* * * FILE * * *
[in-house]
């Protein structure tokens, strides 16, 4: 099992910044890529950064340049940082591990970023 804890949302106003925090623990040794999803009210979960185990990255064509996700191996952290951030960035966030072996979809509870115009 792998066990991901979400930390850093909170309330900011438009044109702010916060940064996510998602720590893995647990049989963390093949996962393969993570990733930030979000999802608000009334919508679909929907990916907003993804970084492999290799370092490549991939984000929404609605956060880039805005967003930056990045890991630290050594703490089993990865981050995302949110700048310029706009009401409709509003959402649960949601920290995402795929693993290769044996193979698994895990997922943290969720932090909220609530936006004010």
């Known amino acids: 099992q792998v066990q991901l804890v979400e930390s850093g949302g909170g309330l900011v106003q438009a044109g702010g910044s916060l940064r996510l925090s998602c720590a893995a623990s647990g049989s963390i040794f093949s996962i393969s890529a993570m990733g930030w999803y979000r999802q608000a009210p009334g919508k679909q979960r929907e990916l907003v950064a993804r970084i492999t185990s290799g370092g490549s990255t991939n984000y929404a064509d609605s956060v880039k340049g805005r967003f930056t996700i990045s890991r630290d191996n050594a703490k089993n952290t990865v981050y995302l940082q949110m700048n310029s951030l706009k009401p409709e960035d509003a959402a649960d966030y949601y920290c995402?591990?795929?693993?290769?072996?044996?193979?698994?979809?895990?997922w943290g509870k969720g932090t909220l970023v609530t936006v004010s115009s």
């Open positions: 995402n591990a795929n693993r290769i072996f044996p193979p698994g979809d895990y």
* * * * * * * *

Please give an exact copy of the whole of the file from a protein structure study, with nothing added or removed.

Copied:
[in-house]
């Protein structure tokens, strides 16, 4: 099992910044890529950064340049940082591990970023 804890949302106003925090623990040794999803009210979960185990990255064509996700191996952290951030960035966030072996979809509870115009 792998066990991901979400930390850093909170309330900011438009044109702010916060940064996510998602720590893995647990049989963390093949996962393969993570990733930030979000999802608000009334919508679909929907990916907003993804970084492999290799370092490549991939984000929404609605956060880039805005967003930056990045890991630290050594703490089993990865981050995302949110700048310029706009009401409709509003959402649960949601920290995402795929693993290769044996193979698994895990997922943290969720932090909220609530936006004010």
């Known amino acids: 099992q792998v066990q991901l804890v979400e930390s850093g949302g909170g309330l900011v106003q438009a044109g702010g910044s916060l940064r996510l925090s998602c720590a893995a623990s647990g049989s963390i040794f093949s996962i393969s890529a993570m990733g930030w999803y979000r999802q608000a009210p009334g919508k679909q979960r929907e990916l907003v950064a993804r970084i492999t185990s290799g370092g490549s990255t991939n984000y929404a064509d609605s956060v880039k340049g805005r967003f930056t996700i990045s890991r630290d191996n050594a703490k089993n952290t990865v981050y995302l940082q949110m700048n310029s951030l706009k009401p409709e960035d509003a959402a649960d966030y949601y920290c995402?591990?795929?693993?290769?072996?044996?193979?698994?979809?895990?997922w943290g509870k969720g932090t909220l970023v609530t936006v004010s115009s």
């Open positions: 995402n591990a795929n693993r290769i072996f044996p193979p698994g979809d895990y």